The displayed advertising message preferably includes one or more links to Web pages of the Internet advertiser's Web site. When the Internet user selects one of these links in the advertising message, the Internet user computer system dereferences the link to retrieve the Web page from the appropriate Internet advertiser computer system, such as Internet advertiser computer system 150 or 160. In visiting the Internet advertiser's Web site, the Internet user may traverse several pages, and may take such actions as purchasing an item, bidding in an auction, or registering as a user of the Internet advertiser. Revenue from such actions typically finances, and is often the motivation for, the Internet advertiser's Internet advertising.

The Internet advertising service computer system 120 preferably includes one or more central processing units (CPUs) 121 for executing computer programs such as the facility, a computer memory 122 for storing programs and data while they are being used, a persistent storage device 123 such as a hard drive for persistently storing programs and data, and a computer-readable media drive 143, such as a CD-ROM drive, for reading programs and data stored on a computer-readable medium.

While preferred embodiments are described in terms of the environment described above, those skilled in the art will appreciate that the facility may be implemented in a variety of other environments, including a single, monolithic computer system, as well as various other combinations of computer systems or similar devices.

In an embodiment discussed in detail below, the facility judges the effectiveness of advertising messages, placements, and cost packages in terms of the conversion rates that they produce. In some embodiments, however, the facility preferably uses a rating function that rates the effectiveness of each alternative advertising message when presenting each placement and cost package in which it is presented based upon other factors. The rating function preferably has a positive reaction, for a particular advertising message and publisher, to one or more of the following factors: (1) “conversion rate,” the percentage of presentations of the advertising message at the publisher to users that coincided with users that performed some action on the advertiser's web site, such as visiting it or placing an order; (2) “click rate,” the percentage of times the advertising message was presented at the publisher and was clicked on by the user viewing the advertising message; and/or (3) “average transaction value,” the average dollar amount of orders placed by customers that viewed the advertising message at the publisher. The rating function also preferably has a negative reaction, for a particular advertising message and publisher, to the financial cost of presenting the advertising message at the publisher. After the rating function is applied to each advertising message for a particular publisher to produce raw rating scores, the raw rating scores are preferably normalized so that they sum to 100% for the publisher.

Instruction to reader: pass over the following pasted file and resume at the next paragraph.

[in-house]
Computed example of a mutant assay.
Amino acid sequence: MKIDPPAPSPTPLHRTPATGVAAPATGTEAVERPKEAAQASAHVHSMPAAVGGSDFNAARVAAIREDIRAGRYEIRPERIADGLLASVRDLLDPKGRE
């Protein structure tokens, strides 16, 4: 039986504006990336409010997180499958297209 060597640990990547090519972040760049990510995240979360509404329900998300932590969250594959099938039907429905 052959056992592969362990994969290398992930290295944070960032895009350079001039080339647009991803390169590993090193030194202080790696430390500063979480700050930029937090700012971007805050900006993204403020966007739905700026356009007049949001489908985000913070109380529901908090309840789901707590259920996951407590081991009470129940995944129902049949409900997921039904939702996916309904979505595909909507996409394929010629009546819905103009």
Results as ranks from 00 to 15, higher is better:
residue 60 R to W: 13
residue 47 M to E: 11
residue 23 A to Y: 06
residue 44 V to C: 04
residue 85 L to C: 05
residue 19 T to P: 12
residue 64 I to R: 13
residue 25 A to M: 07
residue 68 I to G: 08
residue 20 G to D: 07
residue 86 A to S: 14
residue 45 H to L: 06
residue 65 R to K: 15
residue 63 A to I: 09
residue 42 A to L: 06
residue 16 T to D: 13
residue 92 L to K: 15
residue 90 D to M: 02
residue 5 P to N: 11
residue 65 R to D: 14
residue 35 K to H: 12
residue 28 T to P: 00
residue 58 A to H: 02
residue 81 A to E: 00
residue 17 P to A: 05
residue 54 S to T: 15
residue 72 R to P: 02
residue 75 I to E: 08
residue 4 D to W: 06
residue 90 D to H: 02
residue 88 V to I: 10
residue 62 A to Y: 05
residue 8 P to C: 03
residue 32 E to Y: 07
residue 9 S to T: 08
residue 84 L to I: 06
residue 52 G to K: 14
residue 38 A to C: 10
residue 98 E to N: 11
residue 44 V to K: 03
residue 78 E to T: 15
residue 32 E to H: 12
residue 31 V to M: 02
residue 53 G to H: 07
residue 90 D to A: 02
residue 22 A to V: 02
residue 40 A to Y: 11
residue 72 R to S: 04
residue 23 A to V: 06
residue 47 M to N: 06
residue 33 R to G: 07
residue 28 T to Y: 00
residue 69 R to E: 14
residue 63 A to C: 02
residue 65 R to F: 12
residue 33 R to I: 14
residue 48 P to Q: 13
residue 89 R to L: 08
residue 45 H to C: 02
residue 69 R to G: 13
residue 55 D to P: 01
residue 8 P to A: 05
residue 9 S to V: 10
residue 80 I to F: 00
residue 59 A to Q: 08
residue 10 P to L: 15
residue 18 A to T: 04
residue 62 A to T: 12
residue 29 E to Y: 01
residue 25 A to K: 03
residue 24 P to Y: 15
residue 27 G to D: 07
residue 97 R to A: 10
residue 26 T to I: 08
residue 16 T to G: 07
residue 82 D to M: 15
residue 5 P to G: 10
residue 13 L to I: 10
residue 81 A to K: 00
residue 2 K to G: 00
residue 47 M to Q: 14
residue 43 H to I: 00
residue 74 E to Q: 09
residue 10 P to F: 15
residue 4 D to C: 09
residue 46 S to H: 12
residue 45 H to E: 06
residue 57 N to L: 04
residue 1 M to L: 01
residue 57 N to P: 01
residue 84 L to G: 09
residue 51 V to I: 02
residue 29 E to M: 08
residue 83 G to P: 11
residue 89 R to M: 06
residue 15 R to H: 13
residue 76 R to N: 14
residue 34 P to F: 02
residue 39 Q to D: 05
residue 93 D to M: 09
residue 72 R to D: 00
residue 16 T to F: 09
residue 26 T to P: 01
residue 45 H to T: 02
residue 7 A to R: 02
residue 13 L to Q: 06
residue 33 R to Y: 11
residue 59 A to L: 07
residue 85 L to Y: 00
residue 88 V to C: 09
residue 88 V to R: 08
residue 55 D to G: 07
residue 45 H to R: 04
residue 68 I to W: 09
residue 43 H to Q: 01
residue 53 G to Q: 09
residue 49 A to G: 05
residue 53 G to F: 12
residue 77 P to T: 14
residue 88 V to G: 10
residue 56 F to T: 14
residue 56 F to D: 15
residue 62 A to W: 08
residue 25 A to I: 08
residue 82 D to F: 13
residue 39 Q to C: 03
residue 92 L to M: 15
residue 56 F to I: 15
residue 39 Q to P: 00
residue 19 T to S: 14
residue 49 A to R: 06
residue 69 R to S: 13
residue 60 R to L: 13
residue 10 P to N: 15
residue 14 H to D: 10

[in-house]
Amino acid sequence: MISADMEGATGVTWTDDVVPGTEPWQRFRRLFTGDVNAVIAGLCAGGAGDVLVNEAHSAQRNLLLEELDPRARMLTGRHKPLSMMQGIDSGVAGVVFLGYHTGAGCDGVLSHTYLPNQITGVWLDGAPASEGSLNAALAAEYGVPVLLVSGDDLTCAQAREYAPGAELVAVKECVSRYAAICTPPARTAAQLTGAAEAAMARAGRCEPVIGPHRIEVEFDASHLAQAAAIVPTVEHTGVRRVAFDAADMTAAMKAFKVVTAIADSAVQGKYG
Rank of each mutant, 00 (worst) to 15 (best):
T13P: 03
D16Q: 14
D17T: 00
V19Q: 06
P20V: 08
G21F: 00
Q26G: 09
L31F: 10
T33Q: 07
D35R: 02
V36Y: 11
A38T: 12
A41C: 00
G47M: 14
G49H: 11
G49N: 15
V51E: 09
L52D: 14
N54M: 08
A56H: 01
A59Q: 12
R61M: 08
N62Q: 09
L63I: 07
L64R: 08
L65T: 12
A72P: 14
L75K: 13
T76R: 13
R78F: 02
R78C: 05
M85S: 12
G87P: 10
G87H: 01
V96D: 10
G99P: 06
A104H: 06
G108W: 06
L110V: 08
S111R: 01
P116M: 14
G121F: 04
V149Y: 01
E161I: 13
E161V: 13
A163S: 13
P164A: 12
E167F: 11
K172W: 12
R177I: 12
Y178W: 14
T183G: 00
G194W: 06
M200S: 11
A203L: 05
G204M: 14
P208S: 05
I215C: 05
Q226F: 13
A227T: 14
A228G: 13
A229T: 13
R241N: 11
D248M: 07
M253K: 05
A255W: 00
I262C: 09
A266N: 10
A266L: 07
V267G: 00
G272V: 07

In various embodiments, the rating function is applied to update the weights at various frequencies, including frequencies such as once per week, once per day, once per hour, or continuously.

In certain embodiments, the rating function limits the extent to which the rating of a particular advertising message and publisher can change during a single period. For example, in one preferred embodiment, the rating function is limited to changing no more than 5% per period.

In some embodiments, the facility retains the initial weightings without applying the rating function until a minimum number of advertising message presentations is reached. For example, the facility may defer re-weighting until a minimum number of total presentations of any of the advertising messages within the group at any of the publishers is reached. In additional embodiments, re-weighting is deferred until each advertising message, each publisher, or each combination of an advertising message and a publisher has a certain number of presentations.

In one embodiment, the facility maintains a history of the advertising presentation weights used during each period to facilitate the review of the performance of the advertising messages using different weights. In this manner, the facility can analyze the effects of particular weighting changes on performance.